Timeless is the debut studio album by British electronic musician Goldie. It was released on 31 July 1995 and universally regarded as a groundbreaking release in the history of drum and bass music. The album blended the complex, chopped and layered breakbeats and deep basslines of jungle and drum and bass with expansive, symphonic strings and atmospherics, and female vocals.
Goldie was joined in the studio by engineer/producer Rob Playford (founder of the Moving Shadow label), who did most of the programming and production, with Goldie generating the musical ideas, rhythms and arrangements. Additional engineering and production came from Dego and Marc Mac of 4hero. Diane Charlemagne contributed the bulk of the vocals. Its title track includes what has become the most recognisable and crossover hit from the album, Inner City Life. Tracks such as Angel, You & Me and Kemistry (dedicated to DJ Kemistry) appeared in remastered form from their original 1992/93 versions.
Released on Pete Tong's FFRR label, the album reached no. 7 in the charts. Timeless was simultaneously released as a double album and single album. The single album removed four tracks and featured the original mix of "Sensual". The US release of the double album appended two bonus remixes.
Spin (12/95, p. 63) – Ranked No. 17 on Spin's list of the `20 Best Albums Of '95.'
Spin (12/95, p.81) – 9 – Near Perfect – "A fall of light into the urban endzone... Goldie has taken jungle to a more expansive level here, fusing its ominous bad-boy polyrhythms with gorgeous diva vocals, rich piano playing, and upbeat jazzy chords that dissolve into ambient clouds...brings jungle to a new level of cross-fertilization..."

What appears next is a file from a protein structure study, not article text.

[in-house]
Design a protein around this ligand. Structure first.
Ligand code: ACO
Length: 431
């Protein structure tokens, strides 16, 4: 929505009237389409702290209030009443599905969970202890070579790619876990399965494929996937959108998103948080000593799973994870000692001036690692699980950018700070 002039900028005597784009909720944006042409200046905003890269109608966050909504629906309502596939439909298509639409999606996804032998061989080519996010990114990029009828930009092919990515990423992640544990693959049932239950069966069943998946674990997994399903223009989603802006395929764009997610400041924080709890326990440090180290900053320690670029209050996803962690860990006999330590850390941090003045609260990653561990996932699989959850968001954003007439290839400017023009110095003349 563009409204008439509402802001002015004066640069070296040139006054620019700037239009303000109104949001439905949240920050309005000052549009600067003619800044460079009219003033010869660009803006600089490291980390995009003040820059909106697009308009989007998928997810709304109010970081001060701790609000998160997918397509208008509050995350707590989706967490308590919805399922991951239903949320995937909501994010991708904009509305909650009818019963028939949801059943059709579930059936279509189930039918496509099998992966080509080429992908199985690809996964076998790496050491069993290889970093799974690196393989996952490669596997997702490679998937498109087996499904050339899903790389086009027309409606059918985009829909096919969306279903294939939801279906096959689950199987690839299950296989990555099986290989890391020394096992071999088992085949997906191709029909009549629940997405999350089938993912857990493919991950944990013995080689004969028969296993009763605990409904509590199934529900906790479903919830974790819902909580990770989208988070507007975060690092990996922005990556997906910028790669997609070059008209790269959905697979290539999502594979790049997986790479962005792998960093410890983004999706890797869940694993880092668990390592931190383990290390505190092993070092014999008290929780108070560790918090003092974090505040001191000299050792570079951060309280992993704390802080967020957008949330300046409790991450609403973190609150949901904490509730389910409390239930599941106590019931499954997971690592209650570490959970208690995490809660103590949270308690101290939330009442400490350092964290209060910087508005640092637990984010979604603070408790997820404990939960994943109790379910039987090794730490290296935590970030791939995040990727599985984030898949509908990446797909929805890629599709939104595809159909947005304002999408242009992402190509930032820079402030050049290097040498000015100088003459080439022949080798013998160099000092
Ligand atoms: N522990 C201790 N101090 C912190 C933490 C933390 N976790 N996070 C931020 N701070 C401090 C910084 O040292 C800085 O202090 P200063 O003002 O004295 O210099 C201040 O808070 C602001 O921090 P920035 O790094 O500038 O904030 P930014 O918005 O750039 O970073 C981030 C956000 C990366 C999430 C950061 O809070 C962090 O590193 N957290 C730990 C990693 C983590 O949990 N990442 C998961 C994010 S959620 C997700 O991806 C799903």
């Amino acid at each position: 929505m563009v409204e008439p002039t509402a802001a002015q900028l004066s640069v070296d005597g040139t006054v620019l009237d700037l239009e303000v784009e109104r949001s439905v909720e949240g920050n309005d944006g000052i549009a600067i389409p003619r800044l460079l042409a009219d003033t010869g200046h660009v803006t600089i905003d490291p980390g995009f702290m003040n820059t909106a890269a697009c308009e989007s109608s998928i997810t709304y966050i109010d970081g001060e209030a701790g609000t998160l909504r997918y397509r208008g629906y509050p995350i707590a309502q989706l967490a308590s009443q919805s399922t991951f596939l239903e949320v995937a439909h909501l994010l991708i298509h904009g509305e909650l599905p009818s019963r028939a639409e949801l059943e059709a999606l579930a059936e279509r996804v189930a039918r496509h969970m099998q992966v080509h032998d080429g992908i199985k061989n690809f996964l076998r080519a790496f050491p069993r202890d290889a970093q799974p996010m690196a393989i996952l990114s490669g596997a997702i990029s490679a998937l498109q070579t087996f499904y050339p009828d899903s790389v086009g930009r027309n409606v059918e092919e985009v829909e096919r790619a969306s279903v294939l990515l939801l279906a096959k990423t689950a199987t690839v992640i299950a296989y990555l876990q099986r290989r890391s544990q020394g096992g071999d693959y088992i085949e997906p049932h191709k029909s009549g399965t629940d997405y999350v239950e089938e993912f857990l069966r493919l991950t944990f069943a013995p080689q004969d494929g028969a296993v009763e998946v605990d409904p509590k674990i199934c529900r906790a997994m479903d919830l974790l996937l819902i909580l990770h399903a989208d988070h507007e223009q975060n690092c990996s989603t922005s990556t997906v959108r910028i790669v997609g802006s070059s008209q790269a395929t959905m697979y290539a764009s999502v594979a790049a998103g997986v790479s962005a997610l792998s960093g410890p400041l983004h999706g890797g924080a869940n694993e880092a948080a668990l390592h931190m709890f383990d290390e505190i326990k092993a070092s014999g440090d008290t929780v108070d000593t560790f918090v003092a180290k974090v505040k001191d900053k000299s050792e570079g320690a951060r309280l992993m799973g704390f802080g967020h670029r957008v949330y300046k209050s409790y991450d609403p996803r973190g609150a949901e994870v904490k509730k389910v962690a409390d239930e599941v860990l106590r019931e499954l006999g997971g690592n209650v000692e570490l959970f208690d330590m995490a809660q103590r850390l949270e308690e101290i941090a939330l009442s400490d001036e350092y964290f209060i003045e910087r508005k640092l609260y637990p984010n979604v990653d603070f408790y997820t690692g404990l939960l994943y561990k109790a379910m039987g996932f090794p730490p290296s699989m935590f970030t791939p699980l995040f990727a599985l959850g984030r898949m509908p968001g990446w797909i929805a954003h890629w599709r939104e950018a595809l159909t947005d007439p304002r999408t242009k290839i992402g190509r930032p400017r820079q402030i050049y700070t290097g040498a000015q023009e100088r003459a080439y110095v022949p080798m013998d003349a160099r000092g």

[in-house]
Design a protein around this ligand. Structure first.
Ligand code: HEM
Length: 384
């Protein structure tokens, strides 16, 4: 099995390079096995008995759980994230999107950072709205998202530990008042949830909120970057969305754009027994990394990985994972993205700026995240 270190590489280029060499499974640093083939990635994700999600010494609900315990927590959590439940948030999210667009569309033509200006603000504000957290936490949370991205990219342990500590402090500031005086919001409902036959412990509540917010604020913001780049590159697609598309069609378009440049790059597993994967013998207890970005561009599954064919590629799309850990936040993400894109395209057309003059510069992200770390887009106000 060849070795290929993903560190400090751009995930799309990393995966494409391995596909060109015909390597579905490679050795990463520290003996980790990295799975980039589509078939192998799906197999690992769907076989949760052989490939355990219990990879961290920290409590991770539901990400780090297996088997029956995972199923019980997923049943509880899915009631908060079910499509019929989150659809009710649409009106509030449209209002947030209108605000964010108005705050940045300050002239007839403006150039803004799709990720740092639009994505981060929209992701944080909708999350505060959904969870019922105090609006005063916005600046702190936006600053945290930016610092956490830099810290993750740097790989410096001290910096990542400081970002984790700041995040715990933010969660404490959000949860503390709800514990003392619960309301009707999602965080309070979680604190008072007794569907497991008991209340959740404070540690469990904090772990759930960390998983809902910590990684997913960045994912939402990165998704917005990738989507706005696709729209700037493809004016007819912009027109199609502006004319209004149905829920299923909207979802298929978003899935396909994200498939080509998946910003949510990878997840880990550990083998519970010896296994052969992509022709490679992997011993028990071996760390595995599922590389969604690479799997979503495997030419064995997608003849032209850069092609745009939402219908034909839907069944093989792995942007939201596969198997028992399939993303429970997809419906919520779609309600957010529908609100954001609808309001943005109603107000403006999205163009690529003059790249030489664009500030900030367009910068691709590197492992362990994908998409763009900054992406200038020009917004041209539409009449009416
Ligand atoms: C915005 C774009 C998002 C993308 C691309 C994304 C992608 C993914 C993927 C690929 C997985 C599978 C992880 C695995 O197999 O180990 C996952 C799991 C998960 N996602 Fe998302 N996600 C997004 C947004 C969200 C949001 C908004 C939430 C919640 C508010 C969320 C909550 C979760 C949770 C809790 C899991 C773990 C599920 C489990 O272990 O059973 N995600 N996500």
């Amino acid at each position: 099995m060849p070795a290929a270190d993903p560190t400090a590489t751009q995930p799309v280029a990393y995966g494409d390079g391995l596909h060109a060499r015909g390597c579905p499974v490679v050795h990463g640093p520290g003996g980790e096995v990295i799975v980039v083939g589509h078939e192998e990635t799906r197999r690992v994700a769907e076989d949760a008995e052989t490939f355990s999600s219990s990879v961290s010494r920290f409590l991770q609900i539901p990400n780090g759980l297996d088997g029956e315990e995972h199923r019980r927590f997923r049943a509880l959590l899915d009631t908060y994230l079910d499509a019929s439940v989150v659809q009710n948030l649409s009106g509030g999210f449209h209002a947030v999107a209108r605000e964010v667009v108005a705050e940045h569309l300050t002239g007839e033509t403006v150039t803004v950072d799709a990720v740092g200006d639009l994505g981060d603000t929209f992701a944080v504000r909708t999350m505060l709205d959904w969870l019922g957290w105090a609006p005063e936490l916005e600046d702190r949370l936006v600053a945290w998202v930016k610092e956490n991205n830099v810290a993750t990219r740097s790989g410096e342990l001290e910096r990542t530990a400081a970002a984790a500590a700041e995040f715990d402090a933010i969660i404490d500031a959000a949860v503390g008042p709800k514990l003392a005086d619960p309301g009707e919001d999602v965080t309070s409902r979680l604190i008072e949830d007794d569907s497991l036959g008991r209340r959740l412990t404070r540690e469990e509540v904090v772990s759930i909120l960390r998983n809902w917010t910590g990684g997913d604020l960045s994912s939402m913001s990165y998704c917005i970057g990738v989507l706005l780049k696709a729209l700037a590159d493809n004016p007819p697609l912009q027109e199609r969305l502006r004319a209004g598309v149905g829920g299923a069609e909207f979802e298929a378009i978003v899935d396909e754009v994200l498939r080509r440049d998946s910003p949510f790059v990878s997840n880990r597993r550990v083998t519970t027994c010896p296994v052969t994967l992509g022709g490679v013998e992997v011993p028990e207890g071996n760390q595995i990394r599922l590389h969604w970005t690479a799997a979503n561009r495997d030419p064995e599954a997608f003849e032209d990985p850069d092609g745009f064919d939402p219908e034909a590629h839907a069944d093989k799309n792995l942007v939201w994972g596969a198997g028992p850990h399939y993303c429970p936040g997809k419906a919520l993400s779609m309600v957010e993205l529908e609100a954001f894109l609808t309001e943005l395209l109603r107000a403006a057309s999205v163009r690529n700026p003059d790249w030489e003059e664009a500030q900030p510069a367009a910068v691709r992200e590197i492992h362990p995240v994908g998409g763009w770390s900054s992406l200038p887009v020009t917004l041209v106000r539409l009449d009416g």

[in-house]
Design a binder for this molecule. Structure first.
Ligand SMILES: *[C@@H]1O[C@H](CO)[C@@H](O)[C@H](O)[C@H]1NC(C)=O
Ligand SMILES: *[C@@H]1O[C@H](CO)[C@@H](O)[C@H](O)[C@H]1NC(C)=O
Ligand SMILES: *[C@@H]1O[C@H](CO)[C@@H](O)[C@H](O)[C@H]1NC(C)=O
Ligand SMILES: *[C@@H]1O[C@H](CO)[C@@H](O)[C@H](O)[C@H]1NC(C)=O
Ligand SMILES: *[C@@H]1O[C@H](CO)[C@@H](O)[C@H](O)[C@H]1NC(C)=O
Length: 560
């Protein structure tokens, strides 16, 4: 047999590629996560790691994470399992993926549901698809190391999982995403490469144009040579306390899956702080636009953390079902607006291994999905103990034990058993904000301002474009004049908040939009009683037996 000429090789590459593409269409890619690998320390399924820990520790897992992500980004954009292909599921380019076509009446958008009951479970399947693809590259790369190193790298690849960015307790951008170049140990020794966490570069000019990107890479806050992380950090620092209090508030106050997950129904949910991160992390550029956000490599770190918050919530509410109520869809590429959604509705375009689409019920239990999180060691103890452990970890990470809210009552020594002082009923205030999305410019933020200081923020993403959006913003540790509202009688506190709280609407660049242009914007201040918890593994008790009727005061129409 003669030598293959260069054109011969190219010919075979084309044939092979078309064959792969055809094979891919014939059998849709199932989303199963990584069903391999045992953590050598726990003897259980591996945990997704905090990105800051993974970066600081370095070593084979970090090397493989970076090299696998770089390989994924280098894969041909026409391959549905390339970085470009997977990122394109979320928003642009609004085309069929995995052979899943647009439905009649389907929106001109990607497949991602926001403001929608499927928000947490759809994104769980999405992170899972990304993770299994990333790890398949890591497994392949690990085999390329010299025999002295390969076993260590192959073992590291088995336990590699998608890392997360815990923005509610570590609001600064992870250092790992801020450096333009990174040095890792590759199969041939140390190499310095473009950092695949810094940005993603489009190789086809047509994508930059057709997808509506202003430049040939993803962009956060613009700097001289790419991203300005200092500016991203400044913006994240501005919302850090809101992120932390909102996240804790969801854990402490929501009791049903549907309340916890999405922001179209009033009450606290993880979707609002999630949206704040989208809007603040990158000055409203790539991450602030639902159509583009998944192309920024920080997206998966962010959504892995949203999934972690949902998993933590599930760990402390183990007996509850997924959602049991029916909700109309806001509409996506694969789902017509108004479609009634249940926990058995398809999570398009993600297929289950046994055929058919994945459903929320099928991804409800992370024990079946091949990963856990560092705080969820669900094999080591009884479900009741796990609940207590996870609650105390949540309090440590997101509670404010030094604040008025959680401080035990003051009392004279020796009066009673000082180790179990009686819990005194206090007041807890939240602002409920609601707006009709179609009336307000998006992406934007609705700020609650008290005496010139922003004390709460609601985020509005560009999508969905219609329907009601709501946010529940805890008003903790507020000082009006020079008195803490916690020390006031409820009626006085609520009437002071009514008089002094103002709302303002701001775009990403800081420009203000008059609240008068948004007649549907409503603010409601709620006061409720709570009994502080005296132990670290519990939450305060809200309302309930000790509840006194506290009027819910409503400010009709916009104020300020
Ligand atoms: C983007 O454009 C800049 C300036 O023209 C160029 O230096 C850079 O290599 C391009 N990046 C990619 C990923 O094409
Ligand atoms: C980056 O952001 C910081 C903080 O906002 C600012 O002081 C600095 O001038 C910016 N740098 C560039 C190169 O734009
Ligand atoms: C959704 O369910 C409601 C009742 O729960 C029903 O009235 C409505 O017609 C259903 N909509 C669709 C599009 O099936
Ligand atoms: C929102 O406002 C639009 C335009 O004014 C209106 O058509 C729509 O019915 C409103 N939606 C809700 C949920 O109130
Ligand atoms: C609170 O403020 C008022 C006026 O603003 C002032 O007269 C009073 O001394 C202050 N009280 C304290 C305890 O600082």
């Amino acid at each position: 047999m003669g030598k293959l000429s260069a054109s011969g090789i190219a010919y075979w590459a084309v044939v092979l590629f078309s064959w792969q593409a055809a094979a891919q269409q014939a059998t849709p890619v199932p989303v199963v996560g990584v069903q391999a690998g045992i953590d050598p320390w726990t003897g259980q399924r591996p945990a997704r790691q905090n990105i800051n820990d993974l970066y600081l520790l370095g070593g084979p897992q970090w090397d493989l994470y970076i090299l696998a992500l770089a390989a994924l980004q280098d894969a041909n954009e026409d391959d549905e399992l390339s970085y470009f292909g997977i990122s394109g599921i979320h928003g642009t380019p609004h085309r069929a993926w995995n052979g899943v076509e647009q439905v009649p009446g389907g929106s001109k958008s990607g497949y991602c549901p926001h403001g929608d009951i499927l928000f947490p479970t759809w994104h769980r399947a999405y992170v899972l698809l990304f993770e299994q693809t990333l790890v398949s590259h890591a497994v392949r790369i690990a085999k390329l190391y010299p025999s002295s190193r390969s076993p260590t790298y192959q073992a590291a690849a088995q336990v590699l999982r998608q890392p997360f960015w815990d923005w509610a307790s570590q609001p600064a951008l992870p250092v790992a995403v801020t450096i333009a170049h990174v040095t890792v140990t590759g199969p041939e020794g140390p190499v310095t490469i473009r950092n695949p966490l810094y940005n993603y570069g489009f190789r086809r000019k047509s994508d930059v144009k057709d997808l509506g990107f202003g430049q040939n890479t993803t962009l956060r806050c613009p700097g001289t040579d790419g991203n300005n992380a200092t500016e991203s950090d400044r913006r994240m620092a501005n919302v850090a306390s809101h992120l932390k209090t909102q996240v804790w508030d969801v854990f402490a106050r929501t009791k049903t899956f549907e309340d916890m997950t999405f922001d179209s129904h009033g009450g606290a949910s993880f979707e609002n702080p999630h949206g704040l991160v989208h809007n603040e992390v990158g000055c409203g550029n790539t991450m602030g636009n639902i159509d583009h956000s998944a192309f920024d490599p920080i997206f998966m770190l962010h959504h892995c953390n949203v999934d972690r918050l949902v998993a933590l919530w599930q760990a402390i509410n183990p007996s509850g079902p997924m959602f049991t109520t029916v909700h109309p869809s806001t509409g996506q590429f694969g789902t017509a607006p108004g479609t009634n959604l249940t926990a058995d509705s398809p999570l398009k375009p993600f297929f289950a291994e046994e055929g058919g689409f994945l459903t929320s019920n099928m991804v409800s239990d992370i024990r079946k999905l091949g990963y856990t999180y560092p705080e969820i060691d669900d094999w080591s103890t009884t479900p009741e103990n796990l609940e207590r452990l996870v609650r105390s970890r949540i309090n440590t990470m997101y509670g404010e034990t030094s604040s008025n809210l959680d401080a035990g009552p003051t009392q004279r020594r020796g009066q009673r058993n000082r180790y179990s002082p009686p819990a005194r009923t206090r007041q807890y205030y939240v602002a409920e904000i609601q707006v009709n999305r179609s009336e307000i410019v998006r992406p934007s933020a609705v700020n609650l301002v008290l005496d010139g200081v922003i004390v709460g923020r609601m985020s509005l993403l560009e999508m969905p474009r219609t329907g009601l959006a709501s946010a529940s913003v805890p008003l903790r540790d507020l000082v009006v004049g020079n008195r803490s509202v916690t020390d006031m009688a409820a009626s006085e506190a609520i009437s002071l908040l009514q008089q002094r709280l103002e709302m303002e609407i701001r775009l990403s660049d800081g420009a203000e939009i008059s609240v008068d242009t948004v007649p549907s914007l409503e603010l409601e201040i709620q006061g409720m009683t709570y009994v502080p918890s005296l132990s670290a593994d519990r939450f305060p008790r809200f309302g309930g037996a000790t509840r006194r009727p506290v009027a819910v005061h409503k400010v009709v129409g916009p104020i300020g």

Alternative Press (1/96, p.80) – "Starting with the increasingly familiar... palette of jungle/drum and bass music, Goldie and his Metalheadz sculpt expansive sonic constructions that elude the linear confines of descriptive language."
Melody Maker (12/23-30/95, pp. 66–67) – Ranked No. 8 on Melody Maker's list of 1995's 'Albums of the Year' – "The jungle underground's figurehead... Massive and jaw-droppingly ambitious."
Village Voice (2/20/96) – Ranked No. 23 in Village Voice's 1995 Pazz & Jop Critics' Poll.
New York Times (1/6/96, p. C16) – Included in Neil Strauss' list of the Top 10 Albums of `95 – "The frenetic break beats of Great Britain's jungle dance-music rub against lush ambient music, live instruments and a technology-addled sense of soul..."
NME (12/23–30/95, pp. 22–23) – Ranked No. 10 in NME's `Top 50 Albums of the Year' for 1995 – "An astonishing...symphony of whizzing breakbeats, fluid soundscapes and mind-warping moodswings..."
The Guardian – Described the release of the album as one of the "50 key events in the history of dance music" in 2011.